bootlegging


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boot·leg

 (bo͞ot′lĕg′)
v. boot·legged, boot·leg·ging, boot·legs
v.tr.
1. To make, sell, or transport (alcoholic liquor) for sale illegally.
2. To produce, distribute, or sell without permission or illegally: a clandestine outfit that bootlegs compact discs and tapes.
v.intr.
1. To engage in the bootlegging of alcoholic liquor or another product.
2. To attach a transmitter to a dish antenna, creating an uplink via which a signal is sent to a satellite without the knowledge of the satellite's owner.
3. Football To fake a hand-off, conceal the ball on the hip, and roll out in order to pass or especially to rush around the end. Used of a quarterback.
n.
1. A product, especially alcoholic liquor, that is illicitly produced, distributed, or sold.
2. The part of a boot above the instep.
3. Football A play in which the quarterback bootlegs.
adj.
Produced, sold, or transported illegally: bootleg gin; bootleg tapes.

[From a smuggler's practice of carrying liquor in the legs of boots.]

boot′leg′ger n.

bootlegging

The making, carrying, and selling of illegal goods, notably alcohol during Prohibition.
ThesaurusAntonymsRelated WordsSynonymsLegend:
Noun1.bootlegging - the act of making or transporting alcoholic liquor for sale illegallybootlegging - the act of making or transporting alcoholic liquor for sale illegally; "the Prohibition amendment made bootlegging profitable"
marketing, merchandising, selling - the exchange of goods for an agreed sum of money
2.bootlegging - the act of selling illegally or without permission; "the bootlegging of videotapes is common in Asia"
marketing, merchandising, selling - the exchange of goods for an agreed sum of money
References in periodicals archive ?
Summary: Moradabad (Uttar Pradesh) [India], Jun 28 (ANI): Two people were arrested in connection with running bootlegging operations in the state after a joint raid by the Excise Department and Uttar Pradesh police, which busted an illegal liquor racket here on Friday.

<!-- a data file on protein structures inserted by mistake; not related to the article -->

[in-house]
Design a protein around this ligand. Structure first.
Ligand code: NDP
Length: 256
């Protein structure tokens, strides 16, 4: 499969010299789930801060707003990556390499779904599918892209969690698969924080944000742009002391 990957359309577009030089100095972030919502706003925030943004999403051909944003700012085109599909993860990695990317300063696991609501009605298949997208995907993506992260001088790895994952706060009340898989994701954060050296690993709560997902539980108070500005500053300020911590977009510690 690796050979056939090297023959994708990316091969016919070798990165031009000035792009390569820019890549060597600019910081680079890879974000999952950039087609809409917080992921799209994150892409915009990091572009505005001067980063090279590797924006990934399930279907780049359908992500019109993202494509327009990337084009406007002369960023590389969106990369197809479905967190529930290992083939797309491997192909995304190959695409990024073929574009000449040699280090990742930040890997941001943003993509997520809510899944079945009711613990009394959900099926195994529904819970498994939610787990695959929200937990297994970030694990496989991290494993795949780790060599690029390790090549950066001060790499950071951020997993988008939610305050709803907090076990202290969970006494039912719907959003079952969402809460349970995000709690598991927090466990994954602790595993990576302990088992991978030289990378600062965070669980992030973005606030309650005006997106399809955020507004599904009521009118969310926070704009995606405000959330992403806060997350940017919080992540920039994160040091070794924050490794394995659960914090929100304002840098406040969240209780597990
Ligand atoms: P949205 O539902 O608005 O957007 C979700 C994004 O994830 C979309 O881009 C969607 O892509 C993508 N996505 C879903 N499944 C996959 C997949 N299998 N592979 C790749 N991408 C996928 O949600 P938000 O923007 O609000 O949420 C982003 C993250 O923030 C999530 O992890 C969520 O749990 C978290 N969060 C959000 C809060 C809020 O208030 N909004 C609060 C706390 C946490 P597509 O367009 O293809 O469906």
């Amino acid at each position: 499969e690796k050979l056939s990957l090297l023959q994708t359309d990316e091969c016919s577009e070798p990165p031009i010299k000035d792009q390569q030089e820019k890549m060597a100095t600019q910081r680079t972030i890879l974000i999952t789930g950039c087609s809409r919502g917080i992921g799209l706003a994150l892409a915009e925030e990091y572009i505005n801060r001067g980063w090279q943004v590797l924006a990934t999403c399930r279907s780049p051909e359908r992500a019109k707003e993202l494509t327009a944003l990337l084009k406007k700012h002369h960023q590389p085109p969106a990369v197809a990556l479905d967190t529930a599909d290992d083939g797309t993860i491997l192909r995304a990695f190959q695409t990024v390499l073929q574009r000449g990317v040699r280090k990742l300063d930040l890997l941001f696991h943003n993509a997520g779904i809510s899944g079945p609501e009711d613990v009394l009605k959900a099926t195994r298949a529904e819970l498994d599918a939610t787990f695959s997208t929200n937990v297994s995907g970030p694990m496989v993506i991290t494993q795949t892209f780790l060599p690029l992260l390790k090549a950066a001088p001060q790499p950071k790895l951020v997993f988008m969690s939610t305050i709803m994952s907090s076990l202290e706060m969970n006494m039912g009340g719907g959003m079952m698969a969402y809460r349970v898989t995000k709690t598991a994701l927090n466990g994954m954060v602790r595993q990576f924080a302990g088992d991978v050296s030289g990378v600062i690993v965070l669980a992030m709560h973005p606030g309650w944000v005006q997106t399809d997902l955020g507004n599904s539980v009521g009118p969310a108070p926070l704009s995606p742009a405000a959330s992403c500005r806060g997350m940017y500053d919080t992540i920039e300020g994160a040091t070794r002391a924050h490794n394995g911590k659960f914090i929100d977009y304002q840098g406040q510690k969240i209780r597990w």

Summary: Police also arrested the group behind the bootlegging operation.
MPs and municipal councillors have called for a crackdown on gangs which have turned accommodations into bootlegging dens, selling alcohol, drugs and sexual enhancers.
A police spokesman said on Wednesday Senior Superintendent of Police (Operations) Najeeb-ur-Rehman Bugvi had directed police officials to ensure effective crackdown against those possessing illegal weapons, and involved in drug peddling and bootlegging activities.
Saudi authorities have continued their campaign to eliminate the broadcasting devices that are responsible of bootlegging one of the sport channels.
The Criminal Investigations Department at the Dhofar police Command has arrested three persons for bootlegging. The two were arrested while they were transferring liquor.
Binder, the author of other books on organized crime, provides a history of organized crime in Chicago from 1920 to 1933, covering the bootlegging gangs and other important rackets before and during Prohibition.
BASE SED on Matt Bondurant's trueto-life book The Wettest County to-life book The Wettest County I n The World, Lawless (Channel n The World, Lawless (Channel 4, tonight, 10pm) stars Jason 4, tonight, 10pm) stars Jason Clarke, Tom Clarke, Tom Hardy (both right) and and Shia LeBeouf as brothers running a bootlegging operation running a bootlegging operation in Depression-era in Depression-era Virginia.
WATCH IT BASE SED on Matt Bondurant's trueto-life book The Wettest County to-life book The Wettest County I n The World, Lawless (Channel n The World, Lawless (Channel 4, tonight, 10pm) stars Jason 4, tonight, 10pm) stars Jason Clarke, Tom Clarke, Tom Hardy (both right) and and Shia LeBeouf as brothers running a bootlegging operation running a bootlegging operation in Depression-era in Depression-era Virginia.
Templeton had a population of only 428, yet fostered a bootlegging empire in its own right; its illegal alcohol became so popular that it was well-known by the moniker "Templeton Rye".
American musician Prince has sued 22 of his fans for USD1 million each over allegedly bootlegging his music.
To note just a few examples: Robert Chapman's Selling the Sixties: The Pirates and Pop Music Radio (New York: Routledge, 1992) is an overview of pirate radio in England; Lee Marshall's Bootlegging: Romanticism and Copyright in the Music Industry (London.: Sage, 2005) discusses the allure of bootlegged sound recordings through the tens of romanticism; and Greg Kot's Ripped: How the Wired Generation Revolutionized the Music Industry (New York: Scribner, 2009) documents technological changes that altered the way that listeners access sound recordings, the music industry's desire to cling tightly to an outdated paradigm for distributing and selling recordings by accusing listeners of theft, as well as artists and bands who embraced digital innovations.